WINNING AT GIN

Most white spirits categories have seen healthy growth in recent years, with sales of vodka and rum showing consistent, significant increases. Tequila has also grown dramatically in the past decade, though its sales were affected in 2000-2001 by a serious agave shortage from which it is now recovering. Only gin has stagnated, its performance more down than up throughout the 1990s; however, current consumption trends appear to be favoring the juniper spirit. Indeed, despite a decline in recent years, the gin category managed to post a modest 0.1% gain nationally in 2002, or about 12,000 9-liter cases (on the other hand, gin sales in control states were off about 1.6% in 2002 from the previous year).

Still, the modest growth nationally has been fueled in large part by a couple of trends. First, for the past several years, classic cocktails like the Martini have been fashionable again. They confer upon consumers an aura of sophistication and sense of romance that harks back to different times.

“The gin category is in a similar dynamic to vodka, but not on the same scale,” said Phil West, brand marketing director for Beefeater. “Consumers continue to trade up to higher-end imports at the expense of domestics. New product introductions and the cocktail craze, including traditional cocktails like the original Martini and Gimlet, are driving sales.” West added that as younger adult consumers’ taste profiles become more sophisticated, gin’s popularity should increase.

Tanqueray is highlighting the basics with its Tanqueray & Tonic point-of-sale materials.

Consumers also have shown a willingness to experiment with flavors. And while vodka, rum and even tequila have benefited tremendously from this trend, many feel that gin’s time may be arriving. Consumers, as the argument goes, may well turn to bolder flavors like gin for a change of pace.

“Vodka is a superbly versatile mixing drink, but it doesn’t have much flavor on its own,” said James Bruton, ambassador of peculiarity for Hendrick’s Gin, imported by William Grant. “Gin has great character and a bit of flavor to hang things on.”

Finally, premium products continue to gain ground across all product categories as more consumers “treat” themselves. Even when money is tight, people will spend money on relatively inexpensive luxuries like spirits (versus cars) because of the image these brands project.

“Consumers are becoming more savvy, and they’re definitely drinking less, but better,” said Bruton. “There’s now a superpremium set that wasn’t around a few years ago, like Tanqueray 10 and Hendrick’s. We’ve seen a real resurgence in the last 10 years, and I think the time is right for gin.”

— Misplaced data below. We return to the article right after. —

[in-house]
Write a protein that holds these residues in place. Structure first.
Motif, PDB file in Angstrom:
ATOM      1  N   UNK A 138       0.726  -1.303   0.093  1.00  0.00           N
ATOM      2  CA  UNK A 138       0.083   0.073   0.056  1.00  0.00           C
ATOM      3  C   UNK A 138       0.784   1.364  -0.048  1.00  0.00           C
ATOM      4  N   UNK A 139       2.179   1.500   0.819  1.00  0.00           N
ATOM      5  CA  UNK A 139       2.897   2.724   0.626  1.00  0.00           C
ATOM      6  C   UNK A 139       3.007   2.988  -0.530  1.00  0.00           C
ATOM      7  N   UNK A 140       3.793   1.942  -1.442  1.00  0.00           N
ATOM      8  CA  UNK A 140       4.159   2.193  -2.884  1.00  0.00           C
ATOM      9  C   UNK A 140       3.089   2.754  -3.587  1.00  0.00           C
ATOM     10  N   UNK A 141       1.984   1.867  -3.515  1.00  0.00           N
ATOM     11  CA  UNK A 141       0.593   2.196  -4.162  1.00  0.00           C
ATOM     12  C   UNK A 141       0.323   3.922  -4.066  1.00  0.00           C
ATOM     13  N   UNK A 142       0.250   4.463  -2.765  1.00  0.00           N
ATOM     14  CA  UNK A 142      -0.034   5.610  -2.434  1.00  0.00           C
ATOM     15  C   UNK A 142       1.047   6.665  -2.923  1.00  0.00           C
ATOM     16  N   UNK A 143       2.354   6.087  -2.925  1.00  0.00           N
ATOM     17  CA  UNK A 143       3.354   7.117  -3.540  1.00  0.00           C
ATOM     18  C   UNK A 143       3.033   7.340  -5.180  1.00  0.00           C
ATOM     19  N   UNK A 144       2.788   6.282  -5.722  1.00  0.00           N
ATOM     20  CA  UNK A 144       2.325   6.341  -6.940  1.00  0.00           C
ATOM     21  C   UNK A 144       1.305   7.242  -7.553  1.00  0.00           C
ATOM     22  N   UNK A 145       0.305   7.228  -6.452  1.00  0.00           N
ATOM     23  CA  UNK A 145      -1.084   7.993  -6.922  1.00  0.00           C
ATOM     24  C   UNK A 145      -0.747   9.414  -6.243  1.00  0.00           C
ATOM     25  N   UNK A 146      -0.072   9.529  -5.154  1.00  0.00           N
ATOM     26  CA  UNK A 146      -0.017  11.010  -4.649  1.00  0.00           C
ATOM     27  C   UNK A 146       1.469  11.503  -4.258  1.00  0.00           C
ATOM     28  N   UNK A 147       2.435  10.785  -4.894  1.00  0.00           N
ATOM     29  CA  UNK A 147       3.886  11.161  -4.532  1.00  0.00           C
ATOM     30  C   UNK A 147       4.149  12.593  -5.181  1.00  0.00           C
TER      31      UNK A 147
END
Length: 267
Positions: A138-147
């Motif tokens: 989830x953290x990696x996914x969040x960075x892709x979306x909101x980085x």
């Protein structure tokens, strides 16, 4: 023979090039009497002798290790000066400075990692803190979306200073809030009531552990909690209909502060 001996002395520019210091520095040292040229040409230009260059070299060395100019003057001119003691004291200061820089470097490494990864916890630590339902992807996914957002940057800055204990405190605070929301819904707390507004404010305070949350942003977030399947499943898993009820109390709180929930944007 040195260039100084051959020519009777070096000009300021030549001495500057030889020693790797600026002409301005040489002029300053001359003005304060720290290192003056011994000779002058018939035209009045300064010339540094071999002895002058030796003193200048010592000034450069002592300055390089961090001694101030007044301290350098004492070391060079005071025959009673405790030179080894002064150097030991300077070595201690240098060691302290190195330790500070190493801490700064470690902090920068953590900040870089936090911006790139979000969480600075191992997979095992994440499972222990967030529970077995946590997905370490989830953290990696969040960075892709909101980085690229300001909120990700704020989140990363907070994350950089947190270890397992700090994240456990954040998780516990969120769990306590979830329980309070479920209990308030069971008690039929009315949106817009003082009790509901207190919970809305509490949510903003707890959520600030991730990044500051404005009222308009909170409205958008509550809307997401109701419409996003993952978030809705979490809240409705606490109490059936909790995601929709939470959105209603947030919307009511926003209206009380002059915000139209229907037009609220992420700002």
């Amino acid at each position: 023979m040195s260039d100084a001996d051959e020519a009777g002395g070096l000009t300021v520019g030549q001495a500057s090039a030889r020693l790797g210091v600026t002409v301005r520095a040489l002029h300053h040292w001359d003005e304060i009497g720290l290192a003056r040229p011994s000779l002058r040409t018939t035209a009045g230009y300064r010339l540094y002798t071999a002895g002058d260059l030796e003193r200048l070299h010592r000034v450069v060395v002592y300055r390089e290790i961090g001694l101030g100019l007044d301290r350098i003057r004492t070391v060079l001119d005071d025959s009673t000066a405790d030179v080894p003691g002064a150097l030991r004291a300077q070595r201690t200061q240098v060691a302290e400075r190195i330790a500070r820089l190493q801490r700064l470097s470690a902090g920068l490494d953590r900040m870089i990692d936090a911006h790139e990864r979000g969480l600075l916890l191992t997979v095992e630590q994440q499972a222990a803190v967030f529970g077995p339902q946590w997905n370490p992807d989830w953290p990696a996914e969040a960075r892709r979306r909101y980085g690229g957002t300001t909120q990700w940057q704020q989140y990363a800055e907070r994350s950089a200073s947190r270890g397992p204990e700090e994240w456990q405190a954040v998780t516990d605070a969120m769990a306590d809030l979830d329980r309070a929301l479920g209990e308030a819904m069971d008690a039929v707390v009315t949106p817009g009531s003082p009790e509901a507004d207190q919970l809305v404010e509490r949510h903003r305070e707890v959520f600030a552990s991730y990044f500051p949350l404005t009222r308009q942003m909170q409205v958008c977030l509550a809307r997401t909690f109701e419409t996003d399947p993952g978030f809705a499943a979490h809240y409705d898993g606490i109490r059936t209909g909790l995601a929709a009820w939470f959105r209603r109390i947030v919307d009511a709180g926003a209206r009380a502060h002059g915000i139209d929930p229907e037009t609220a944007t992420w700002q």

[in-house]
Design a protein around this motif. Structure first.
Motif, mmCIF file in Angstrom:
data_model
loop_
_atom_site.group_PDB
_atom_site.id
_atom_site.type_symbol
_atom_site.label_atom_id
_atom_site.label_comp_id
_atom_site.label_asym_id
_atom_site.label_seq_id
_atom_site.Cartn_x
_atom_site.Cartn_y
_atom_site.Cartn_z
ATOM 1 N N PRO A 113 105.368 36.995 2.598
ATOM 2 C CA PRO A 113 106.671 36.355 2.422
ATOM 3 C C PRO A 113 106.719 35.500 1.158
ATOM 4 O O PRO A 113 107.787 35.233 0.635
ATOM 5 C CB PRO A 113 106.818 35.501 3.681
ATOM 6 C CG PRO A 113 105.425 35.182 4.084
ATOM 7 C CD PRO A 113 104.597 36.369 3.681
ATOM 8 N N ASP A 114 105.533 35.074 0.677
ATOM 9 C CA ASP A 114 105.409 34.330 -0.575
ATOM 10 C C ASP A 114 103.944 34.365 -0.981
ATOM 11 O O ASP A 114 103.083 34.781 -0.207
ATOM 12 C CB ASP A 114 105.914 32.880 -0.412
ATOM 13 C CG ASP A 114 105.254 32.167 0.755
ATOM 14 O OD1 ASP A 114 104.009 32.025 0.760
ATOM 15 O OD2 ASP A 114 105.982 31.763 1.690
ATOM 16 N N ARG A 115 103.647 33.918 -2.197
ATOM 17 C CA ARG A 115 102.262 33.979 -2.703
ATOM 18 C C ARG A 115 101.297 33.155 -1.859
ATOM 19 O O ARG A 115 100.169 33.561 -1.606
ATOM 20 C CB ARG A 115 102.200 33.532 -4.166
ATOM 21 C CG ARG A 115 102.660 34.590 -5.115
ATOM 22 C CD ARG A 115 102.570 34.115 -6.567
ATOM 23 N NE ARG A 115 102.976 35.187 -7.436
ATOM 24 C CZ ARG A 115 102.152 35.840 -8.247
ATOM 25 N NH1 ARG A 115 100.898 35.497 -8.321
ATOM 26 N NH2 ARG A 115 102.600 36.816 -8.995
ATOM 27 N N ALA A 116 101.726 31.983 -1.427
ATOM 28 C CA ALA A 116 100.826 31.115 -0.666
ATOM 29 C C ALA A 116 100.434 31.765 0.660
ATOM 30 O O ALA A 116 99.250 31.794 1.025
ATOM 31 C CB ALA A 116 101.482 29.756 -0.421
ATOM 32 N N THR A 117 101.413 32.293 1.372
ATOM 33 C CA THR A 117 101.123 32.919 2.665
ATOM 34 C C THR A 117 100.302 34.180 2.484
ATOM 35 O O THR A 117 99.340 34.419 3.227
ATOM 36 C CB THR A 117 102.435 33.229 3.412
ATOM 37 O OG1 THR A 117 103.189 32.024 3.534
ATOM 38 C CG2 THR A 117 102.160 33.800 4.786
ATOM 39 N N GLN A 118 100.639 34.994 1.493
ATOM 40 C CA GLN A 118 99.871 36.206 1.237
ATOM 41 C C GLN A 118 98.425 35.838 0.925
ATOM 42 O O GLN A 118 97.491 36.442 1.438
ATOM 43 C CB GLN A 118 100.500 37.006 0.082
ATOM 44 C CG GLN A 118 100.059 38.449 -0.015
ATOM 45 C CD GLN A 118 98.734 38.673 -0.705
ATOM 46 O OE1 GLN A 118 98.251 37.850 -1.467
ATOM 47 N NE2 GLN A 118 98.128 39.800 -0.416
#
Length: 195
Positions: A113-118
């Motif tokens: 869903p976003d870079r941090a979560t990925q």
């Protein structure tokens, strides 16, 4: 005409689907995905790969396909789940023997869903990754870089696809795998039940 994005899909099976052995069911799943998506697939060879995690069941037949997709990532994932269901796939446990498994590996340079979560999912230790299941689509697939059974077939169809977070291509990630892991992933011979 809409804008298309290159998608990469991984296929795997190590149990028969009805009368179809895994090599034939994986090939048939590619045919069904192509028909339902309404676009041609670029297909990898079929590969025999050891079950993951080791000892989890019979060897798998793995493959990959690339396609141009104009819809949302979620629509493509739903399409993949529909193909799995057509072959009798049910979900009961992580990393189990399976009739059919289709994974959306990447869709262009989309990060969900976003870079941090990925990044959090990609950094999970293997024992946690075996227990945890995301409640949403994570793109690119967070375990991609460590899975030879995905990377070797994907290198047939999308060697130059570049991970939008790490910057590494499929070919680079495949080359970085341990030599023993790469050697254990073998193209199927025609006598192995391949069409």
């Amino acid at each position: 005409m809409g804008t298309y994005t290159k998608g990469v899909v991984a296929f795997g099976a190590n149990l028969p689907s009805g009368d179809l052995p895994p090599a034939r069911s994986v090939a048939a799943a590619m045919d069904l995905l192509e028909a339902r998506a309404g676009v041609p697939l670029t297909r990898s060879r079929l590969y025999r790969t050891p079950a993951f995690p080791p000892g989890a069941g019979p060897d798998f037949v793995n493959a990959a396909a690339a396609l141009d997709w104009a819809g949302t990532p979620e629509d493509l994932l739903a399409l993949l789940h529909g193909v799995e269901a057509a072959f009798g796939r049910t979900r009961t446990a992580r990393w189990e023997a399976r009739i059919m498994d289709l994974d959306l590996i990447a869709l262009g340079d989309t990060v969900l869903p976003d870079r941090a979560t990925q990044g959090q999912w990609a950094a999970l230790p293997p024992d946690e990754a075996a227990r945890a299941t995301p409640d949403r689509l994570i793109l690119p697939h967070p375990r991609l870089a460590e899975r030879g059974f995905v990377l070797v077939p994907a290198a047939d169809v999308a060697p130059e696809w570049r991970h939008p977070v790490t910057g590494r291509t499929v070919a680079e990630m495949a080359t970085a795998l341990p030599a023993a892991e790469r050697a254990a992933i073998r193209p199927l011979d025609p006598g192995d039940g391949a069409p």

An Acquired Taste

A more acquired taste than vodka, rum, or even tequila, gin hasn’t yet taken off with younger drinkers the way other white spirits have. To a degree, gin is still perceived to be “your father’s” drink. Some of that old-fashioned image, however, is starting to attract more consumers.

Allied Domecq Spirits recently debuted the pear-infused gin, Wet by Beefeater.

“There is some evidence that more upscale drinkers are moving across from imported vodka to imported gin, led by three things,” said Nicholas Blacknell, of Plymouth Gin. These are: “a desire for more traditional, old world products with real heritage, not just a fancy bottle; a demand for spirits with more taste, yet that are still mixable; and a concerted effort by some of the major players to revitalize their brands.”

Indeed, category leader Seagram’s Gin is now benefiting from a focused marketing effort. Even with the disruption of being shifted from Seagram Americas to Pernod-Ricard last year, the brand posted a sales gain of 7.8% nationally to nearly 3 million cases. In large part, the gain is due to Seagram’s turn-around strategy of the past few years to “urbanize” the brand.

“We’ve been trying to contemporize the Seagram’s brand,” said Paul Campbell, group director, gin and vodka, for Pernod-Ricard. “It had gotten stale and we’ve been trying to make it more relevant.”

Seagram’s “urban elegance” ad campaign and urban music tour sponsorship have gotten bigger in the past few years. A new tour, with local market radio promotion tie-ins, kicks off in September. In the meantime, the company is running a summer sweeps with a beach house weekend as the prize in five regions. Consumers also will be able to write in for a 9-liter party bottle with pump.

The high-end Plymouth Gin was re-launched last year.

Tanqueray was up about 1.4% nationally in volume last year. The brand continues to focus on programs that build on its strengths. This summer it will heavily promote the alliterative Tanqueray and tonic. Consumers will see new executions in the “Distinctive since…” ad campaign. One features actor Lawrence Fishbourne, who starred in “The Matrix: Reloaded,” which debuted in May. Tanqueray also got good product placement in the movie “Down With Love,” starring Renée Zellweger and Ewan MacGregor.

Beefeater is another brand that has spent the last several years making itself look more contemporary, resulting in a sales gain nationally of 2.5% last year. The brand’s “Bold Spirit” campaign has brought in new users, the company says.

Beefeater promoted its “bold spirit” early in the summer with the help of a global sponsorship of an around-the-world solo sailing race that ended in April. With the race winner as spokesperson, the brand got its name out to consumers in an unusual way.

Now, Beefeater is partnering with Rose’s Lime Juice on a clamshell co-pack offer to push gin Gimlets. The “Gourmet Gimlet” program puts a “bold new twist” on the classic cocktail, according to Beefeater’s West, with recipes for new drinks like the Green Gimlet with Hiram Walker Apple Schnapps, and the Violet Gimlet with Hiram Walker Blue Curacao.

Advertisement

LEAVE A REPLY

Please enter your comment!
Please enter your name here